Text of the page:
Three new lung cancer genetic biomarkers are identified in Dartmouth study

October 26, 2017
Both environmental and genetic risk factors contribute to development of lung cancer. Tobacco smoking is the most well-known environmental risk factor associated with lung cancer. A Dartmouth research team led by Yafang Li, ...

Test could detect early colorecral cancer-causing genetic biomarkers with high sensitivity

October 30, 2017
An investigational test that screens for colorectal cancer could detect genetic mutations that are indicative of the disease with a high degree of sensitivity and specificity, according to results of a study presented at ...

Common genetic fusion event may be associated with low-risk prostate cancer

November 10, 2017
Establishing the way in which a genetic alteration called a TMPRSS2-ERG gene fusion forms in a prostate cancer, rather than the presence of the gene fusion itself, could help identify patients with prostate cancer with a ...

Blood test can effectively rule out breast cancer, regardless of breast density

October 26, 2017
A new study published in PLOS ONE demonstrates that Videssa Breast, a multi-protein biomarker blood test for breast cancer, is unaffected by breast density and can reliably rule out breast cancer in women with both dense ...

Recommended for you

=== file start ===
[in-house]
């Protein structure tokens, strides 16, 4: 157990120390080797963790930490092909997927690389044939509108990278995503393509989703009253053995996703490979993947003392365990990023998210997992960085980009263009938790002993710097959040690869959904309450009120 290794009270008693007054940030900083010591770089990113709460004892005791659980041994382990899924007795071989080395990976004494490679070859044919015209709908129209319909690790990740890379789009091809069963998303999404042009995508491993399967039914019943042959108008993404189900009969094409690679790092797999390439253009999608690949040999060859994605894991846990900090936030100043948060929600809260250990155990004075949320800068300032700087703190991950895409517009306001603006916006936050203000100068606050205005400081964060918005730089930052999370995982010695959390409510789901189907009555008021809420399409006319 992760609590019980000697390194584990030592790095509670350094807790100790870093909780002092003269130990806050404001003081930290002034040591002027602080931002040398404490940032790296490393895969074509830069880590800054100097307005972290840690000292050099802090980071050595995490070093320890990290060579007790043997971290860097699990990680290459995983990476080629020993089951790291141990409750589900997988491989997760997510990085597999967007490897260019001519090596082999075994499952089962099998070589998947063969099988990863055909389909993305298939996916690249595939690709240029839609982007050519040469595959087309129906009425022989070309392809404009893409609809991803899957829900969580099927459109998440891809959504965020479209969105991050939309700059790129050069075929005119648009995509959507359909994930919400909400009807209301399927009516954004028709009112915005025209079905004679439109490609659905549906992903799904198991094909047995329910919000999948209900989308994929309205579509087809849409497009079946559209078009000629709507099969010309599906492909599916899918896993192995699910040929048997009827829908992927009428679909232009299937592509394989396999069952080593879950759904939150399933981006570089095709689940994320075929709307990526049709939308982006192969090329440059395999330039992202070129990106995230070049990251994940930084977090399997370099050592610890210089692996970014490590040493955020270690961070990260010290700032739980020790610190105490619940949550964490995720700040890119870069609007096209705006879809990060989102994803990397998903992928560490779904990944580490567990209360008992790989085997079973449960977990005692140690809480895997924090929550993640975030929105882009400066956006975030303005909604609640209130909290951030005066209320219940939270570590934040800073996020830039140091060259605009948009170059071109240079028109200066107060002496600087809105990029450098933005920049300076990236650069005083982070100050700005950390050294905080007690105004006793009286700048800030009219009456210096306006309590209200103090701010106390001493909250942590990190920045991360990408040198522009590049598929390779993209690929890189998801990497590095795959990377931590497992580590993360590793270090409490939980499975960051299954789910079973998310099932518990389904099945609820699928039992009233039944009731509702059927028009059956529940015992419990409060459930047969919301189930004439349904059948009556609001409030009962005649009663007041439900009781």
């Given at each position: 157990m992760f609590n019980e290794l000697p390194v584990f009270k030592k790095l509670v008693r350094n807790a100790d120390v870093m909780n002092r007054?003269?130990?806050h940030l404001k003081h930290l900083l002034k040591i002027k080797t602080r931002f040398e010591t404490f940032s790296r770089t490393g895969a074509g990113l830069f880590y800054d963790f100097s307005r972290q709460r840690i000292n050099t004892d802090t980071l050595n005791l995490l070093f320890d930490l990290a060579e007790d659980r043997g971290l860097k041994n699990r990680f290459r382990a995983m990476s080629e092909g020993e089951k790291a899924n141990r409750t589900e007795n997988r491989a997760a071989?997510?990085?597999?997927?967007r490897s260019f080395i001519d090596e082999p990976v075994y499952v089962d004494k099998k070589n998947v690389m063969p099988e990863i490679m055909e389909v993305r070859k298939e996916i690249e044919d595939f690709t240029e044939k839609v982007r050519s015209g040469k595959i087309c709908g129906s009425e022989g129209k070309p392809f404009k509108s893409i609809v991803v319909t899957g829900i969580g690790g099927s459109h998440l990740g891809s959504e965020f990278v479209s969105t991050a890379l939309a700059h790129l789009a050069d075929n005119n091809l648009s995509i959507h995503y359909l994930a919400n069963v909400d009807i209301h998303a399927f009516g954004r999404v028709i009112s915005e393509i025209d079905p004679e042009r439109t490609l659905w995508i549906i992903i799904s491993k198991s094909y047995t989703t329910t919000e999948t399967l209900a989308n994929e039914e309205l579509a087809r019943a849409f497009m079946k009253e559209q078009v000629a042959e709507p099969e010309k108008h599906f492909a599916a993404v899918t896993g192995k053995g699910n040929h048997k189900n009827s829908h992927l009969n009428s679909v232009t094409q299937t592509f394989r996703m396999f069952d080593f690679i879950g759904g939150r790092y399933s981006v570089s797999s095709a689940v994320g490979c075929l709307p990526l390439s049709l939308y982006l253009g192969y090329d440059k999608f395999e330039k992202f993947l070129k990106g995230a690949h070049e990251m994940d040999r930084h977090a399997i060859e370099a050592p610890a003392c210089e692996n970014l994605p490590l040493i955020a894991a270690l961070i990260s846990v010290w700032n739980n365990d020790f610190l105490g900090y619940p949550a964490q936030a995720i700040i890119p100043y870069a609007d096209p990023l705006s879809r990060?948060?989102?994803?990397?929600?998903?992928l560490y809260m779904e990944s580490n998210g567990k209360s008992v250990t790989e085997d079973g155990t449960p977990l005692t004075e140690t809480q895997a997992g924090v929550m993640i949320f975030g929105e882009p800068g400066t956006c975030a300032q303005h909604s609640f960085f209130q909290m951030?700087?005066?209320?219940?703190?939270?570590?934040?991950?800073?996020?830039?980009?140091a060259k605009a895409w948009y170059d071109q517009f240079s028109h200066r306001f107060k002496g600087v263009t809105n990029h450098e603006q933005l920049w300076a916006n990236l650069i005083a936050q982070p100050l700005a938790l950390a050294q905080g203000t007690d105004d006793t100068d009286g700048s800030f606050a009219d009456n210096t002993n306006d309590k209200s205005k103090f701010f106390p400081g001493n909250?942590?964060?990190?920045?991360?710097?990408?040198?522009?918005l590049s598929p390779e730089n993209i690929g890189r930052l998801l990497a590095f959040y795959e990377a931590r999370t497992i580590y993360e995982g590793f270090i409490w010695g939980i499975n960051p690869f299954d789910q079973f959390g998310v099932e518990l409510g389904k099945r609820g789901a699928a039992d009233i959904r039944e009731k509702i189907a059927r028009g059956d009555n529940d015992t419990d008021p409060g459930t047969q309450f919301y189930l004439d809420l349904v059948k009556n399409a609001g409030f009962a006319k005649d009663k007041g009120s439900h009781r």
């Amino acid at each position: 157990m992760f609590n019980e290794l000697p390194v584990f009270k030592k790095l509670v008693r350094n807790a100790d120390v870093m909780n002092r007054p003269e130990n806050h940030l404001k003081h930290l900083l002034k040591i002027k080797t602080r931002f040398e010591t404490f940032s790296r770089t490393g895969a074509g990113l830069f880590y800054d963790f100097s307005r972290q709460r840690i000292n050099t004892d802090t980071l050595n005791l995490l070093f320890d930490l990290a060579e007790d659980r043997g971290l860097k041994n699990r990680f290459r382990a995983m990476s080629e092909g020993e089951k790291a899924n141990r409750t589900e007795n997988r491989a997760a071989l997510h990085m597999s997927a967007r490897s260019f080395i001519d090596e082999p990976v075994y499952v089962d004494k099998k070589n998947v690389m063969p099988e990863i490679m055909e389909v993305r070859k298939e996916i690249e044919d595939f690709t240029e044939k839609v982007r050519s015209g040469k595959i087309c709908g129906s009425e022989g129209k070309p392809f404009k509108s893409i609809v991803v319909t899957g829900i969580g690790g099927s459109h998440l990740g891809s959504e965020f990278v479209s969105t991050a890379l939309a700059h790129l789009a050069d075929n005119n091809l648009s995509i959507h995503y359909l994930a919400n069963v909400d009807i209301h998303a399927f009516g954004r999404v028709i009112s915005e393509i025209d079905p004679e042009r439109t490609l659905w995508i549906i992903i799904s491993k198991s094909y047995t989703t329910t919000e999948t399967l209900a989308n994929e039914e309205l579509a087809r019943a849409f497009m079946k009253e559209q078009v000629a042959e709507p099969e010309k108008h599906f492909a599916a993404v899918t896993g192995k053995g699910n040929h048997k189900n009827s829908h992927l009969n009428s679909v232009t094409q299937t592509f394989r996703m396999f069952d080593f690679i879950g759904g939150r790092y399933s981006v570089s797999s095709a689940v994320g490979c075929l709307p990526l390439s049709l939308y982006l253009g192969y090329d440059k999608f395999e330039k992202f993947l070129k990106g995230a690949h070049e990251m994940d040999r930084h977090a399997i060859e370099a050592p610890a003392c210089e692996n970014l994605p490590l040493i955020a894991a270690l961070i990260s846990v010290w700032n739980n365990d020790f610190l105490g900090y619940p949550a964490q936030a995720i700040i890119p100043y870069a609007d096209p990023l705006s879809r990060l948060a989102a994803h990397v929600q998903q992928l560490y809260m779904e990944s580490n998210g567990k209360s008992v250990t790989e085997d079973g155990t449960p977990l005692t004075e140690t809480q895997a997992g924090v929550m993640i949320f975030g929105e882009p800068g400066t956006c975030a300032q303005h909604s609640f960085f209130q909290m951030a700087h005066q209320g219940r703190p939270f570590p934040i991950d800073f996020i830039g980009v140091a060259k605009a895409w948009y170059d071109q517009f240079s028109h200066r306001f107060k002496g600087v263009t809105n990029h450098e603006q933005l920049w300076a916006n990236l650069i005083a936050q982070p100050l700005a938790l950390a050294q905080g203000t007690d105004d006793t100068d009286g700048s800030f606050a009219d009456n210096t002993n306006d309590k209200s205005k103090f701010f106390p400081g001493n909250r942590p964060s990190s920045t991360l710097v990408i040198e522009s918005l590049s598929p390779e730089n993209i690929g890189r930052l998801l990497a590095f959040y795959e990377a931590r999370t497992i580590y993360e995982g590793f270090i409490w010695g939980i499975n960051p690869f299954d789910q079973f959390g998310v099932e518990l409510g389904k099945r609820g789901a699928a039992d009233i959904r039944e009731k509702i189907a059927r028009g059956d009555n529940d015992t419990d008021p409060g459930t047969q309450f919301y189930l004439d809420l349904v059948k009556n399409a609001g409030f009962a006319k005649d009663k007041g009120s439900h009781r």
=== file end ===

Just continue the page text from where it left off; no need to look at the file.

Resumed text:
Lung cancer triggers pulmonary hypertension

November 17, 2017
Shortness of breath and respiratory distress often increase the suffering of advanced-stage lung cancer patients. These symptoms can be triggered by pulmonary hypertension, as scientists at the Max Planck Institute for Heart ...

Researchers discover an Achilles heel in a lethal leukemia

November 16, 2017
Researchers have discovered how a linkage between two proteins in acute myeloid leukemia enables cancer cells to resist chemotherapy and showed that disrupting the linkage could render the cells vulnerable to treatment. St. ...

Computer program finds new uses for old drugs

November 16, 2017
Researchers at the Case Comprehensive Cancer Center at Case Western Reserve University School of Medicine have developed a computer program to find new indications for old drugs. The computer program, called DrugPredict, ...

Pharmacoscopy improves therapy for relapsed blood cancer in a first clinical trial

November 16, 2017
Researchers at CeMM and the Medical University of Vienna presented a preliminary report in The Lancet Hematology on the clinical impact of an integrated ex vivo approach called pharmacoscopy. The procedures measure single-cell ...

Wider sampling of tumor tissues may guide drug choice, improve outcomes

November 15, 2017
A new study focused on describing genetic variations within a primary tumor, differences between the primary and a metastatic branch of that tumor, and additional diversity found in tumor DNA in the blood stream could help ...

A new strategy for prevention of liver cancer development

November 14, 2017
Primary liver cancer is now the second leading cause of cancer-related death worldwide, and its incidences and mortality are increasing rapidly in the United Stated. In late stages of the malignancy, there are no effective ...

0 comments

Please sign in to add a comment. Registration is free, and takes less than a minute. Read more

Click here to reset your password.
Sign in to get notified via email when new comments are made.